Not all sportsmen, collectors and competitive shooters own a shiny, new 1911 or a glowing, brand new Ruger Red Hawk. in fact, like the rest of the gun owners in the country, there’s a good chance at least one of their guns is used.
Unlike so many other “consumer” goods, when well cared for, a firearm will last for many years and can even find utility between the gaps of generations. There are still firearms today that are well over 100 years old and have been kept in good working order by their owners.
So what’s the point of bringing this up? Is it an attempt to wage an offensive against firearm manufacturers because they charge exorbitant prices? Far from it – the premise here is not to rule out the possibility of getting a super steal by shopping for surplus pistols for sale in addition to new ones. The next time you are in the market, that is.
There are some really good reasons for this that don’t get a lot of press. Let’s address the most obvious ones. Some people just can’t stand the thought of a “used” piece of equipment, no matter what it is. Among them are others who are not confident with something that has been pre-owned, whether it is a gun or not.
Well, the most important thing to remember here is that surplus does not necessarily mean used. Obviously there is some military surplus that was used or in circulation, but just because it is surplus does not make that the case.
For example, sometimes surplus is produced and the military has no allocation for it. Rather than taking a loss under their production contract, they release it for sale to the public to recoup some of the loss. Very often, the goods that make it to sale are new and have never been used.
Admittedly, there is some surplus out there that has seen better days, but the fact remains that you can get a “new” or “like new” pistol by keeping one eye trained on surplus deals. Also, many surplus items have been gently used, at that, which lends some credence to this claim.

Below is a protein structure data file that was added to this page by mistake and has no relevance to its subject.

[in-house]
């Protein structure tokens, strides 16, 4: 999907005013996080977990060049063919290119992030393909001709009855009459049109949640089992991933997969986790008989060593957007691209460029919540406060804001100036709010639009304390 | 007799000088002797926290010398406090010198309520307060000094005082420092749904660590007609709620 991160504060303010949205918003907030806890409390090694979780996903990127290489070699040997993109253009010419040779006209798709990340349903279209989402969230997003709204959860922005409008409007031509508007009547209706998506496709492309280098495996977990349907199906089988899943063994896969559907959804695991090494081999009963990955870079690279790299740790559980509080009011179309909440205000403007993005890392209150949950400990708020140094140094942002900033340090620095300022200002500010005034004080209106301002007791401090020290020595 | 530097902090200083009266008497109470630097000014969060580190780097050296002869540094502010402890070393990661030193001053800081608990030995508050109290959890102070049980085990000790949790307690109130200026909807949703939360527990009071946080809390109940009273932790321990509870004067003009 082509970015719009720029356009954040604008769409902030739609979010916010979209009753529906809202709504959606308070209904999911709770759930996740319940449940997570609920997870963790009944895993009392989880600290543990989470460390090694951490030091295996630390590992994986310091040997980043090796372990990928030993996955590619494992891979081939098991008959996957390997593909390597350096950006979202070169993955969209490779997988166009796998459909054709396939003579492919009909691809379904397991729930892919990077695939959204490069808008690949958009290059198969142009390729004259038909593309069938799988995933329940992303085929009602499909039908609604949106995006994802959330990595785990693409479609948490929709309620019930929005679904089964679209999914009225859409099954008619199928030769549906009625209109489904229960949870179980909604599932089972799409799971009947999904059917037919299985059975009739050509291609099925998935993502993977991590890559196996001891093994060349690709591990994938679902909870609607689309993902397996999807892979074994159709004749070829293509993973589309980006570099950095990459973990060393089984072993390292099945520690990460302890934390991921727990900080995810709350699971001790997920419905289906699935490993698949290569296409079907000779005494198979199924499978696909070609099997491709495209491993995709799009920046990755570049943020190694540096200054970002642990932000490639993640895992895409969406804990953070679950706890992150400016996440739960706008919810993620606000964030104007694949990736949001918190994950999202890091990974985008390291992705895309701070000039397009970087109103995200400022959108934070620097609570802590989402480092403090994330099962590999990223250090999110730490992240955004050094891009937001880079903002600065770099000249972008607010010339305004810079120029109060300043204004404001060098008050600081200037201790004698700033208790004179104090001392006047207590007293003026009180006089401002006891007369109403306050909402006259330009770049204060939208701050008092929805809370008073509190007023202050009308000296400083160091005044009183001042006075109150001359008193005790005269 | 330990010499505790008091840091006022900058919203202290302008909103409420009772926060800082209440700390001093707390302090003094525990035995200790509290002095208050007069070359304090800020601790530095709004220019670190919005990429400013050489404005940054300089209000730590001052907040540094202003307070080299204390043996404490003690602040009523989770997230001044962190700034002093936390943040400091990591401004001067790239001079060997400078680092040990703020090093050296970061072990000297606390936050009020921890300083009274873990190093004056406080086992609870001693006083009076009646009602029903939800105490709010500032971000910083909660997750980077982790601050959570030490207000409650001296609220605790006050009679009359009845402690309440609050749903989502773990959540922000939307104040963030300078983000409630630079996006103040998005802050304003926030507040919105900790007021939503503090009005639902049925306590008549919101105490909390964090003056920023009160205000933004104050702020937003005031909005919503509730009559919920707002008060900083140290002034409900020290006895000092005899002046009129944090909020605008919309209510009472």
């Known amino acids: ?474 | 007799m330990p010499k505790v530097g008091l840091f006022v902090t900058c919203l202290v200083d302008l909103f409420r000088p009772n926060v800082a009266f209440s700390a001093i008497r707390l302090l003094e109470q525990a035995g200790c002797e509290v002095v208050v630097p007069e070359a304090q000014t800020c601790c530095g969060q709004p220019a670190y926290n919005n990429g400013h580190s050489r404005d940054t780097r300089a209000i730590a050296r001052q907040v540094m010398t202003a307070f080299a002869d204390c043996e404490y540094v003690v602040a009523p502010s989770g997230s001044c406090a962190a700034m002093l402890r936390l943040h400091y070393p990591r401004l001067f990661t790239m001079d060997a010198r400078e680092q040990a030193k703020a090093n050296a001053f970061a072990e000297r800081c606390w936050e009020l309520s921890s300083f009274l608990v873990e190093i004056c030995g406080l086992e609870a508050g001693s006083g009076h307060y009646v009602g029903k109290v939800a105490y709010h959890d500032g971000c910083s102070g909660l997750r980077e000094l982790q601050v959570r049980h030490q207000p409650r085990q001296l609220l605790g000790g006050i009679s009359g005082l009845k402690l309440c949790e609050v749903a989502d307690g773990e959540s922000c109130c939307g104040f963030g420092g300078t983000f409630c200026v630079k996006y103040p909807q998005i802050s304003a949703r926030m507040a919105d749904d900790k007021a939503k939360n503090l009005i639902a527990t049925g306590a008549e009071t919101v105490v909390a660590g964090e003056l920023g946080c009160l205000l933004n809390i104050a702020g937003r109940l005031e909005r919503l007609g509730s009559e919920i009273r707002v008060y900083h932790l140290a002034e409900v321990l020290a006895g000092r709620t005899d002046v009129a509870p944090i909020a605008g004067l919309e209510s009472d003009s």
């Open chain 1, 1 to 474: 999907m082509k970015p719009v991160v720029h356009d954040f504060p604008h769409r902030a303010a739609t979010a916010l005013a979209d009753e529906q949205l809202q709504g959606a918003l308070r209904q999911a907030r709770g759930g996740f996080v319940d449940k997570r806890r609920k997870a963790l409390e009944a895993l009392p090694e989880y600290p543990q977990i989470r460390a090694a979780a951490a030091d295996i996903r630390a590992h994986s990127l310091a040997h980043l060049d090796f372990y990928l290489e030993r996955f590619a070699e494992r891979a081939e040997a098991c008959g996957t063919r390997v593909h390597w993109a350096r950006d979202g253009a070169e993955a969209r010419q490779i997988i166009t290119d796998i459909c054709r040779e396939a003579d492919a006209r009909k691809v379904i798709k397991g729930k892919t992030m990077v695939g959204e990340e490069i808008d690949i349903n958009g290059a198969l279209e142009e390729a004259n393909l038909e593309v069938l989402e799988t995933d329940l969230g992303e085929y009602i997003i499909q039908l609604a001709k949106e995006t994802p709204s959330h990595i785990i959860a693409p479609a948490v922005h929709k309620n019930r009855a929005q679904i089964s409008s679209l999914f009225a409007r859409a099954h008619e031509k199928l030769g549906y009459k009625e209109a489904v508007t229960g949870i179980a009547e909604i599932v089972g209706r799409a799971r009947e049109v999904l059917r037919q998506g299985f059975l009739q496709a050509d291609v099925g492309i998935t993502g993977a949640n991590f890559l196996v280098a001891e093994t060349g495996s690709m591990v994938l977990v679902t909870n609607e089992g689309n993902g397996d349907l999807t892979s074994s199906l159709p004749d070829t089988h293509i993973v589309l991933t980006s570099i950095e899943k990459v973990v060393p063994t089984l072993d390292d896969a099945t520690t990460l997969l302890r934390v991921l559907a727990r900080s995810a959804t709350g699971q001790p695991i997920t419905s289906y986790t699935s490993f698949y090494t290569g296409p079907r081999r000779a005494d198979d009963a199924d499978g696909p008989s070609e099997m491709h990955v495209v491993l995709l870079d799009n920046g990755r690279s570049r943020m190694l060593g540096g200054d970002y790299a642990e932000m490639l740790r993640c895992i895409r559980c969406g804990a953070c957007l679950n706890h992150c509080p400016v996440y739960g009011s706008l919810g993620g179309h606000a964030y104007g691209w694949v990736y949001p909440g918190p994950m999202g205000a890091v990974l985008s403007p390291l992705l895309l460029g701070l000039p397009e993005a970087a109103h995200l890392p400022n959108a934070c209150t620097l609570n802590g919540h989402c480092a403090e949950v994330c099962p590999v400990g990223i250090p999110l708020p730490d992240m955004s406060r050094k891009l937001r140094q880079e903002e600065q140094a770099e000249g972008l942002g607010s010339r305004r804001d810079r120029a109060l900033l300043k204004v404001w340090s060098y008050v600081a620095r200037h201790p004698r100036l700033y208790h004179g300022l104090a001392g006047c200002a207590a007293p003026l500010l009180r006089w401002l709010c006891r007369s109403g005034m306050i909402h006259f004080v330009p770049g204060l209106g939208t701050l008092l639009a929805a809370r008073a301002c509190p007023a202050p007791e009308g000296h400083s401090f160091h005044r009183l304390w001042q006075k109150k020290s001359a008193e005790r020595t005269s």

Also, because the pistols produced for militaries (sometimes outside of the United States) are models that are never released for sale here, shopping surplus deals can bring you in front of a model you’ve always wanted but never been able to procure.
In a lot of ways, shopping through surplus collections and used gun shops is like shopping at a yard sale, but better quality is built right into the process. You never really know what you’re going to come across, and typically you can secure better prices as well. Again, without really, gambling on quality.
Price is another point that makes a huge difference here. The prices of pistols and other firearms have been steadily rising in the country (and are paired with booming sales), but shopping surplus venues is nearly a sure way to get you a ridiculous discount on whatever it is. Sure, you can get a trench tool at like 85% off the price of a comparable piece of equipment, but guess what – sometimes you can get the same types of deals on surplus pistols for sale.
The hardest part is knowing where and when to look, because surplus deals can pop up even at suppliers with which you are familiar. It’s best then to have a number of reputable suppliers that you routinely work with. Make one of them Sarco, Inc., if you haven’t yet.
Sarco, Inc., is one of the premier suppliers of firearms and collectibles, and they’re no stranger to offering their customers amazing surplus deals. Visit their website, SarcoInc.com to see what they currently offer and make it a point to check back regularly.